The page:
When I was younger, the band Boston was a favorite. To be a fan of Boston meant waiting years and years for new material to be released. Unfortunately, when the new material was bad, those years of waiting just felt empty. After nine-years of waiting for a sequel to Sin City, fans everywhere can rejoice. The constant rumors and fictitious release dates only made the waiting harder. Why? The first movie was a visual delight loved for it’s groundbreaking visuals and colorful characters. When it was released in 2005, the color processing was amazing as it captured the look and feel of the world Frank Miller had created. It was if a graphic novel had come to life. Sin City: A Dame To Kill For attempts to re-capture that early century noir that that made the first movie so great.
When the first scene explodes onto the screen, a big smile grew on my face. I immediately thought, welcome back old friend! This will be great and worth the long wait. Right? Um, right?? While I really wanted to like this movie, apparently my expectations were too big. The imagery is still sexy as hell and the fight sequences still amaze, yet I didn’t like it. Twenty minutes into the movie I found myself bored and drifted in and out of consciousness. Instead of a singular story, there are three independent stories. This worked great in the graphic novel, but did not translate well to the big screen.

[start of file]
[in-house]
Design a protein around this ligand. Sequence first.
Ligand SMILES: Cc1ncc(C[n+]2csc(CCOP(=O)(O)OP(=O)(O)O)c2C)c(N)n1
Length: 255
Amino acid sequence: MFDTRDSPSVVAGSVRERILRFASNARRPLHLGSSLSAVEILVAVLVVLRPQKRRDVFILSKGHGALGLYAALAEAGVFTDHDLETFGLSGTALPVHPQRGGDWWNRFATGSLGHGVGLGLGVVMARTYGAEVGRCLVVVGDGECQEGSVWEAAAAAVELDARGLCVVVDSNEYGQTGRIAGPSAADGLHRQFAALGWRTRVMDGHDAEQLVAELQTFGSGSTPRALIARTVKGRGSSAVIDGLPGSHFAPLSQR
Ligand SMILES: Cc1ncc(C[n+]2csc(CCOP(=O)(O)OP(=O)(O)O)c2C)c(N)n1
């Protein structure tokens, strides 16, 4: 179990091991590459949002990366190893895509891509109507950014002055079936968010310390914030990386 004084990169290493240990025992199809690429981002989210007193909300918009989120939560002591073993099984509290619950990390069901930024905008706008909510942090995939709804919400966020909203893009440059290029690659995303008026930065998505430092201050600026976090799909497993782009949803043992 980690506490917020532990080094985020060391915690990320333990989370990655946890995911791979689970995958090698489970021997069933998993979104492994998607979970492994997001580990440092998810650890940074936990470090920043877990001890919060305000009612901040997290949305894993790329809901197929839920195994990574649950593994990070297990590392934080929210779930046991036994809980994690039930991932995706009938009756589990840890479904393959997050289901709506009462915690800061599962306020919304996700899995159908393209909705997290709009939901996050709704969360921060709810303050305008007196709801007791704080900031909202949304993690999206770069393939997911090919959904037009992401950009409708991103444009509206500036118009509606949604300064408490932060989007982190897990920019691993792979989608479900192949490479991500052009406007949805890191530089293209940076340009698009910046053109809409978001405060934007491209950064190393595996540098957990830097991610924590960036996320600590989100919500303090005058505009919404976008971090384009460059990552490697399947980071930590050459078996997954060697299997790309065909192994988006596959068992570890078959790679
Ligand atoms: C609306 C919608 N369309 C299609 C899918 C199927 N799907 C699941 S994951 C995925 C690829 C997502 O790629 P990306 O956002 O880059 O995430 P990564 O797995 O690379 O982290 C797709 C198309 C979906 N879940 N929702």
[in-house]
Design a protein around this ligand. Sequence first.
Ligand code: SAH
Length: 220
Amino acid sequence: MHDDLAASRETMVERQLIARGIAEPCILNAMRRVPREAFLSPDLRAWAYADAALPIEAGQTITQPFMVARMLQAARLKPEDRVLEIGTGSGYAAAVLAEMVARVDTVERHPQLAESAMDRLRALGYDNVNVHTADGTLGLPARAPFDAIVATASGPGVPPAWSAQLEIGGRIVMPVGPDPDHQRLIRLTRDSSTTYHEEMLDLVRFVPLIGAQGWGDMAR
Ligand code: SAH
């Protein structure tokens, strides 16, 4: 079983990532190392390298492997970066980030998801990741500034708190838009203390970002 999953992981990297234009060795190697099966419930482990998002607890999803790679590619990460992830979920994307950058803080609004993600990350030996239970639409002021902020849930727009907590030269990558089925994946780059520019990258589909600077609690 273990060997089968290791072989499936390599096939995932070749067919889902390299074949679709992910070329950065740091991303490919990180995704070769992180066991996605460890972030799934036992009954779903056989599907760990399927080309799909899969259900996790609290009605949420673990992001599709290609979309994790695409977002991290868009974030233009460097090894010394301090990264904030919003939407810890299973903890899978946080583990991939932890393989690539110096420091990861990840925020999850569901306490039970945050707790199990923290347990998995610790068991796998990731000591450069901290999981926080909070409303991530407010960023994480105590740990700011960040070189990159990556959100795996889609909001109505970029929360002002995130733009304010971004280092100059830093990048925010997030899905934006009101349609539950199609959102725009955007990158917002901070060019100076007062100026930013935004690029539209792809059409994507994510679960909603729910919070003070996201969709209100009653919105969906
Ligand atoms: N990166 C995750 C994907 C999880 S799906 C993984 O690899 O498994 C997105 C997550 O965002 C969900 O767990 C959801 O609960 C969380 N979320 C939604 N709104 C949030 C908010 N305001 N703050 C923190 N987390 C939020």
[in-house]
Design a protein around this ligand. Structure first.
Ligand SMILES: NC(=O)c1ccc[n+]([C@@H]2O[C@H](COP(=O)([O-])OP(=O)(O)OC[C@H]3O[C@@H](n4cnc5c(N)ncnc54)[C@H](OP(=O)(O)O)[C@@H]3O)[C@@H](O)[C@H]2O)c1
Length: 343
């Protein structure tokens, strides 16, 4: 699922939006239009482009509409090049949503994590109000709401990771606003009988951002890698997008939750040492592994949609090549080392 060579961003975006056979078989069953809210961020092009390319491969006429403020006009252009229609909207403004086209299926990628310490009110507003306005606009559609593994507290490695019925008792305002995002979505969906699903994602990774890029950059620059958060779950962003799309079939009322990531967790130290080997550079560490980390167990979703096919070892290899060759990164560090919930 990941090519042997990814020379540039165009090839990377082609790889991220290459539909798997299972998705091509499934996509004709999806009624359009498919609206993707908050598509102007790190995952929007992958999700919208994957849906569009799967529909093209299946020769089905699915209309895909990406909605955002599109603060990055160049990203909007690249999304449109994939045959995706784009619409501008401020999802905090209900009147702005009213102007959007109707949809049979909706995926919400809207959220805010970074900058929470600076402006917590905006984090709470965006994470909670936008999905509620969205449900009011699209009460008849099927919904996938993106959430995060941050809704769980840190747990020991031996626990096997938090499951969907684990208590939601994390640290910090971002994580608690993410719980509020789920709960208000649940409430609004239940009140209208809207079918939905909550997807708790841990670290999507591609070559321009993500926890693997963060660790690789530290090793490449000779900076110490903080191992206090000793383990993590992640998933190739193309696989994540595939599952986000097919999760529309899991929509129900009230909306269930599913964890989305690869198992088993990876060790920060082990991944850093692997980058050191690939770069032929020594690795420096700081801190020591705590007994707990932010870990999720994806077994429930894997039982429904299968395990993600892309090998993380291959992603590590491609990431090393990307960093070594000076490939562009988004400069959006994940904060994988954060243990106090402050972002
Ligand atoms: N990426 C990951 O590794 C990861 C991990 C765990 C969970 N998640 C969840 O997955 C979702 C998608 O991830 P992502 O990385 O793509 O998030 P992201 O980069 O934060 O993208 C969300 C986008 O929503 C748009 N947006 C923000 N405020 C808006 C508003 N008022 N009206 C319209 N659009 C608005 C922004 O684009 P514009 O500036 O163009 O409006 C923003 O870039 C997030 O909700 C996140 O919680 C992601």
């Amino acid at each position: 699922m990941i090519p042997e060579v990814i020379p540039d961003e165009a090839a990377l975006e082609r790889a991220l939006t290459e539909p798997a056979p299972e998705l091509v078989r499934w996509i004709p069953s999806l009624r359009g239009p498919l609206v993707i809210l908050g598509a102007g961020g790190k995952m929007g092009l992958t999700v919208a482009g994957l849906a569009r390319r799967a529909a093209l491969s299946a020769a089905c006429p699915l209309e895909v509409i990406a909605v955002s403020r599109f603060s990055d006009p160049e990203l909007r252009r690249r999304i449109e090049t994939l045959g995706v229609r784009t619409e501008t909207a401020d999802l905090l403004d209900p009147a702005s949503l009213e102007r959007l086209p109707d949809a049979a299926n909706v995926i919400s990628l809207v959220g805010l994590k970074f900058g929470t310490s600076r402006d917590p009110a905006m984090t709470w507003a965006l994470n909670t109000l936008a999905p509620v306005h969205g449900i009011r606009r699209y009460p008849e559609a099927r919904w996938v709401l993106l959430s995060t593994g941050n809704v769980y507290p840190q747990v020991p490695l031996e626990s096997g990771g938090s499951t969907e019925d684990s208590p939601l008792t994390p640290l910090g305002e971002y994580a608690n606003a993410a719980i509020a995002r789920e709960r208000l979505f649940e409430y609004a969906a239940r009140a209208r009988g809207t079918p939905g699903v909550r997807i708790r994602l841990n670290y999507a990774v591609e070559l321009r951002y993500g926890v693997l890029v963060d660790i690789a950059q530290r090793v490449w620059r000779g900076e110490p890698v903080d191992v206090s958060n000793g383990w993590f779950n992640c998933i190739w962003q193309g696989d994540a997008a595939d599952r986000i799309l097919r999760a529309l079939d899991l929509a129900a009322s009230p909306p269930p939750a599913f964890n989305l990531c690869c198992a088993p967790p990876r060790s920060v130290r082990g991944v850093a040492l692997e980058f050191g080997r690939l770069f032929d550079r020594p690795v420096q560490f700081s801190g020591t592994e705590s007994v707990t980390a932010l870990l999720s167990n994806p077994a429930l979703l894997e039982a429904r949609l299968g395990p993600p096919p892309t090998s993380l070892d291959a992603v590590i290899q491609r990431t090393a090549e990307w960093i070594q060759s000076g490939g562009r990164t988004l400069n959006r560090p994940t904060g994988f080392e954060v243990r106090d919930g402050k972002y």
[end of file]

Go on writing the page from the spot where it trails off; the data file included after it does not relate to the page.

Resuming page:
At it’s core Sin City: A Dame To Kill For is a revenge film involving three different protagonists: Nancy (Jessica Alba), Dwight (Josh Brolin) and Johnny (Joseph Gordon-Levitt). Each one is solid enough in their performances, but is something amiss? The most interesting character in Sin City is Marv, yet his involvement throughout the movie is limited.
The movie starts off with a bang as Marv (Mickey Rourke) is recovering from what appears to be a car accident. Marv tries to recall what happened and from this moment on, we are taken on a ride of destruction. From the hammer force of his fists, Marv destroys all of his victims in a matter of minutes. However, this excitement quickly dissolves as the cheesy dialogue sets in. Some of the cheeky wordplay may have been great in the graphic novel and first movie but it doesn’t work as well here. I don’t think Frank Miller intended this to be a comedy yet I found myself laughing at the narration throughout.
One bright spot of the movie is the evil seductress Ava played to perfection by Eva Green. Despite the simple story, Eva embraces her role and steals each scene she appears in. Josh Brolin’s Dwight doesn’t have that same depth. We’re supposed to believe this character is a tortured soul controlled by his inner demons but since the stories are short, the development is not good. What we get instead is a familiar self-loathing character that always seems to find a place in the Frank Miller universe. As stated, I really wanted to like this movie but damn, it’s simply not good. Oh well, here’s to the next nine years.